How Do You Manage So Much Change?

When I was 26, I had my first child, lost my job, and moved our home – all within a few months. Becoming a parent is earth-shattering enough, but it wasn’t until much later that I realized how difficult the other two changes were, especially when happening at the same time.

Among the “major life events” that psychologists say can cause upheaval are births, deaths, divorce, moving, and job change. I call upon the memory of that period sometimes when I consider the clients for whom we provide information that is critical to their expatriates’ success.

International assignees face a unique set of life events. Each taken alone would be challenging. When they happen simultaneously or in quick succession, an assignee can feel overwhelmed, adrift, and highly stressed.

Here are just a few of those major events, along with ways we can support assignees undergoing them:

Moving house.  And not just the act of packing up and deciding what to take, but the unknown factors of living in a new country where everything may be different.

How to help? Set expectations. Housing knowledge is critical, ranging from a basic understanding of available housing types and sizes to the options for appropriate neighborhoods with regard to safety, amenities, and ease of commute. Despite the trend toward self-service preferences, there are times when company input, policy, and expertise are vital to home selection.

Most employee-sponsored moves supply a moving company, which is a great help with the physical task of moving a household. Assignees also need customs guidance to alert them about prohibited or restricted items in the host country, as well as the local availability of certain replacement goods.

In the host country, household help may be common practice, further changing domestic expectations and possibly requiring a room for live-in staff.

Dealing with a new language. In addition to learning every aspect of daily life anew in an unfamiliar place, many expats are also surrounded by an unknown tongue. The isolation can be jarring  and profound. Adapting takes longer when typical aids like reading signs and asking others for assistance are stymied by a language barrier.

How to help? Provide language training. This is vital in locales where the newcomer’s native language is little used or absent. Luckily, there are as many types of language learning as there are preferences for pace and delivery.

Classroom course, private tutor, online program, app – there are choices for in-person or virtual, classroom or portable, structured or loose, scheduled or self-paced. Taking lessons prior to moving is ideal in many circumstances, while language guidance in the host country works well in others. Help the expat discover options that suit his/her family needs. And don’t forget to include children in any training that’s offered.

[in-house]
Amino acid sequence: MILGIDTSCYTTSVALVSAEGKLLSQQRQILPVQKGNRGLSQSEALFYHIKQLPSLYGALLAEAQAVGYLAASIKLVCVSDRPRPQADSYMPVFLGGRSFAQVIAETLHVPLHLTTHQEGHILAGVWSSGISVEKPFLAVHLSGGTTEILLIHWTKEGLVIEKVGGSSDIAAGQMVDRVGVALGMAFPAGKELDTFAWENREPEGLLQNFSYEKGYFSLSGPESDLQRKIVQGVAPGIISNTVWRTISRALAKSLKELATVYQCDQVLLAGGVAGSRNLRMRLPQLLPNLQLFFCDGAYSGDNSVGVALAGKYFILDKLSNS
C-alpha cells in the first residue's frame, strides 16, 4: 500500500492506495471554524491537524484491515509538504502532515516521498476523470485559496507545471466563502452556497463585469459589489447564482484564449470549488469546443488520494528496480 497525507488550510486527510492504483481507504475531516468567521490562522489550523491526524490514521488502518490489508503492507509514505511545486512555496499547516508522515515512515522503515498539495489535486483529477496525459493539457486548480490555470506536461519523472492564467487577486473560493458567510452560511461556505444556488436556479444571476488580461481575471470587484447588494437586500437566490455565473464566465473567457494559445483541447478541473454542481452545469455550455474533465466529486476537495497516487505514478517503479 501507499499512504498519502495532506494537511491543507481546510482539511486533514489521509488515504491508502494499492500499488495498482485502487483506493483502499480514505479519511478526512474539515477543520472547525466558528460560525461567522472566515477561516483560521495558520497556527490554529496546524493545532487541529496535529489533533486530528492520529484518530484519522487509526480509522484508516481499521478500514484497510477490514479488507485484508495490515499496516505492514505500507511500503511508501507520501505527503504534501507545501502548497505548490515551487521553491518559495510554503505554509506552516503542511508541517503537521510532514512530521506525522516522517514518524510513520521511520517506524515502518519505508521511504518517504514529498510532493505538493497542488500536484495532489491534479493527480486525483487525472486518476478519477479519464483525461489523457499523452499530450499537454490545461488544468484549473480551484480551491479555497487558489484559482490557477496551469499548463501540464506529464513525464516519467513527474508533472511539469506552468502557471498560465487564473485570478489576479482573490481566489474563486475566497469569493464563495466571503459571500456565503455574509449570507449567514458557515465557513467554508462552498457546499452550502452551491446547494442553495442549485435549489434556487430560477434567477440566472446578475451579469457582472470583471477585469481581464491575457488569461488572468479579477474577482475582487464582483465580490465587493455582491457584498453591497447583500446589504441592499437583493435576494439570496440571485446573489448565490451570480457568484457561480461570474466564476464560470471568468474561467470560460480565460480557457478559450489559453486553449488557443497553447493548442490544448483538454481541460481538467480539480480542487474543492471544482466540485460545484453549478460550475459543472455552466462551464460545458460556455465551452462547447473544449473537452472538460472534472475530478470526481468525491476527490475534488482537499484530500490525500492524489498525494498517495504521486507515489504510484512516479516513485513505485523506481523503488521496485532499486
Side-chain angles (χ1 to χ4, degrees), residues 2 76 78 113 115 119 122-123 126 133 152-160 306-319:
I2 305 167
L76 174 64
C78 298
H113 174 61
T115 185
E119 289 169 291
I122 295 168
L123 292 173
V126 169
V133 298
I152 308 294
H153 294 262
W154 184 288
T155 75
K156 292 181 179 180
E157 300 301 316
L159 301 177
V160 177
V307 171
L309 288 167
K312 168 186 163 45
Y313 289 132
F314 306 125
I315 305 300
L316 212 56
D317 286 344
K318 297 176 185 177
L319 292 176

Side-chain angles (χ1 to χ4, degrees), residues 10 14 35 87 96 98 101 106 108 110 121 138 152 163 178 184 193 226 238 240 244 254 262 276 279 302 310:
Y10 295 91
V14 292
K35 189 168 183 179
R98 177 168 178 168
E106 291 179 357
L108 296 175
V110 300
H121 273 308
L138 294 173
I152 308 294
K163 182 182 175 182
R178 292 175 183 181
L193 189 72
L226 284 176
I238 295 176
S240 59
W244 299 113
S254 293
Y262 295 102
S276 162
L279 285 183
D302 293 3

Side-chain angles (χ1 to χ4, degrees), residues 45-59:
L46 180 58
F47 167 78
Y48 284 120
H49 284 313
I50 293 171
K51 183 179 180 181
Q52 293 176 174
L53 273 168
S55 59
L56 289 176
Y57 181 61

Choosing a school. This is one of the biggest concerns for employees moving with families. They must understand and vet the local educational choices, finding the best fit for their child or children.

How to help?  Provide information on what’s available locally, and what your company may contribute. The first consideration is language, and whether the local school system is an option at all. If so, the assignee will need to know requirements and timing. If not, he/she needs to know about viable alternatives: international schools, foreign national schools, boarding schools nearby or at home, or home schooling.

A list of host-country schools is a good place to start; their websites typically contain all the details. It is possible to do this research oneself, but school search services also are helpful.

Navigating the business environment. Moving talent abroad is an important part of Global HR’s role, and the relocating employee was chosen for a reason. But facing the reality of managing a foreign team, opening a remote office, or successfully completing a project requires some preparation.

How to help? Familiarize them with what they’ll encounter. Knowledge of the local business culture is as important as mastery of the job. Help your assignee find out: Do I need to speak the local language? Are business relationships key to getting things done? How are these initiated and fostered throughout the project timeline? What motivates the local workforce? What level of bureaucracy will I encounter? How do communication styles affect negotiations? Providing answers to these questions – in the form of information or personal coaching – supports the employee’s existing talents and smooths the path to success abroad.

Even though these are big pieces of an international relocation, they merely scratch the surface of what’s involved. From moving large furniture to comforting a small child going to a new school, there are myriad practical and “soft” issues to contend with. Living Abroad’s International Relocation Center (IRC) covers a tremendous range topics, for 194 destinations. Let us make your life easier as you support your expats and commit to your company’s success. Take a tour of one of our destination reports by clicking the Demo link at the top right of the page.

 Written by Ellen Harris, GMS, International Product Manager, Living Abroad